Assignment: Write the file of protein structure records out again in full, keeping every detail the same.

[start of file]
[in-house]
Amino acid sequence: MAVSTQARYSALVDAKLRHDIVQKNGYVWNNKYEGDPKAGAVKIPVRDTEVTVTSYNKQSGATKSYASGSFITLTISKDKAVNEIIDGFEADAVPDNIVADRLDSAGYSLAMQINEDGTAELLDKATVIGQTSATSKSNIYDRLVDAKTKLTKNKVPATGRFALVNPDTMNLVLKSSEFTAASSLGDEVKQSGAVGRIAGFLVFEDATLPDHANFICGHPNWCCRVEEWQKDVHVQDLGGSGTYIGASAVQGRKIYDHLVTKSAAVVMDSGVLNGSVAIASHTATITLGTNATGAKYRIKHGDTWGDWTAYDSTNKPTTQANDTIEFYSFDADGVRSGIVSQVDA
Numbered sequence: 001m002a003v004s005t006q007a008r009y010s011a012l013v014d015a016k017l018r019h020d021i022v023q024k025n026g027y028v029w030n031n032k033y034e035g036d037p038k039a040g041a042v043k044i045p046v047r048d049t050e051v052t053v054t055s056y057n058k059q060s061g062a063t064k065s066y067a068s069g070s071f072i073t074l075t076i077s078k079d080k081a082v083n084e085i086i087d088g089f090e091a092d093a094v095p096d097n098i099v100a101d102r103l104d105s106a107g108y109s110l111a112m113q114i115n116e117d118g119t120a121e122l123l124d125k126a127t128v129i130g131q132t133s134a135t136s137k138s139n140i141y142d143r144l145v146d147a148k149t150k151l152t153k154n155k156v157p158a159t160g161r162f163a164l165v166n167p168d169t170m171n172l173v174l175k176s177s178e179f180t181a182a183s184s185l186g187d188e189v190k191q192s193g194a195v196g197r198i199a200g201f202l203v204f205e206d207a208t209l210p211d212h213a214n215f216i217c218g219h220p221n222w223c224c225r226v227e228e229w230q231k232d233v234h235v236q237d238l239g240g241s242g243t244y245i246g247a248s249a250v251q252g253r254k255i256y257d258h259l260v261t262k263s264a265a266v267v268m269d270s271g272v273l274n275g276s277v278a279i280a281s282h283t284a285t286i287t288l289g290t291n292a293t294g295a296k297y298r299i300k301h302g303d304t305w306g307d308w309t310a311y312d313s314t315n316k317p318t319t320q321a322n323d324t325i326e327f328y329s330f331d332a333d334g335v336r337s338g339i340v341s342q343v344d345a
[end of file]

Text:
[in-house]
Amino acid sequence: MAVSTQARYSALVDAKLRHDIVQKNGYVWNNKYEGDPKAGAVKIPVRDTEVTVTSYNKQSGATKSYASGSFITLTISKDKAVNEIIDGFEADAVPDNIVADRLDSAGYSLAMQINEDGTAELLDKATVIGQTSATSKSNIYDRLVDAKTKLTKNKVPATGRFALVNPDTMNLVLKSSEFTAASSLGDEVKQSGAVGRIAGFLVFEDATLPDHANFICGHPNWCCRVEEWQKDVHVQDLGGSGTYIGASAVQGRKIYDHLVTKSAAVVMDSGVLNGSVAIASHTATITLGTNATGAKYRIKHGDTWGDWTAYDSTNKPTTQANDTIEFYSFDADGVRSGIVSQVDA
Numbered sequence: 001m002a003v004s005t006q007a008r009y010s011a012l013v014d015a016k017l018r019h020d021i022v023q024k025n026g027y028v029w030n031n032k033y034e035g036d037p038k039a040g041a042v043k044i045p046v047r048d049t050e051v052t053v054t055s056y057n058k059q060s061g062a063t064k065s066y067a068s069g070s071f072i073t074l075t076i077s078k079d080k081a082v083n084e085i086i087d088g089f090e091a092d093a094v095p096d097n098i099v100a101d102r103l104d105s106a107g108y109s110l111a112m113q114i115n116e117d118g119t120a121e122l123l124d125k126a127t128v129i130g131q132t133s134a135t136s137k138s139n140i141y142d143r144l145v146d147a148k149t150k151l152t153k154n155k156v157p158a159t160g161r162f163a164l165v166n167p168d169t170m171n172l173v174l175k176s177s178e179f180t181a182a183s184s185l186g187d188e189v190k191q192s193g194a195v196g197r198i199a200g201f202l203v204f205e206d207a208t209l210p211d212h213a214n215f216i217c218g219h220p221n222w223c224c225r226v227e228e229w230q231k232d233v234h235v236q237d238l239g240g241s242g243t244y245i246g247a248s249a250v251q252g253r254k255i256y257d258h259l260v261t262k263s264a265a266v267v268m269d270s271g272v273l274n275g276s277v278a279i280a281s282h283t284a285t286i287t288l289g290t291n292a293t294g295a296k297y298r299i300k301h302g303d304t305w306g307d308w309t310a311y312d313s314t315n316k317p318t319t320q321a322n323d324t325i326e327f328y329s330f331d332a333d334g335v336r337s338g339i340v341s342q343v344d345a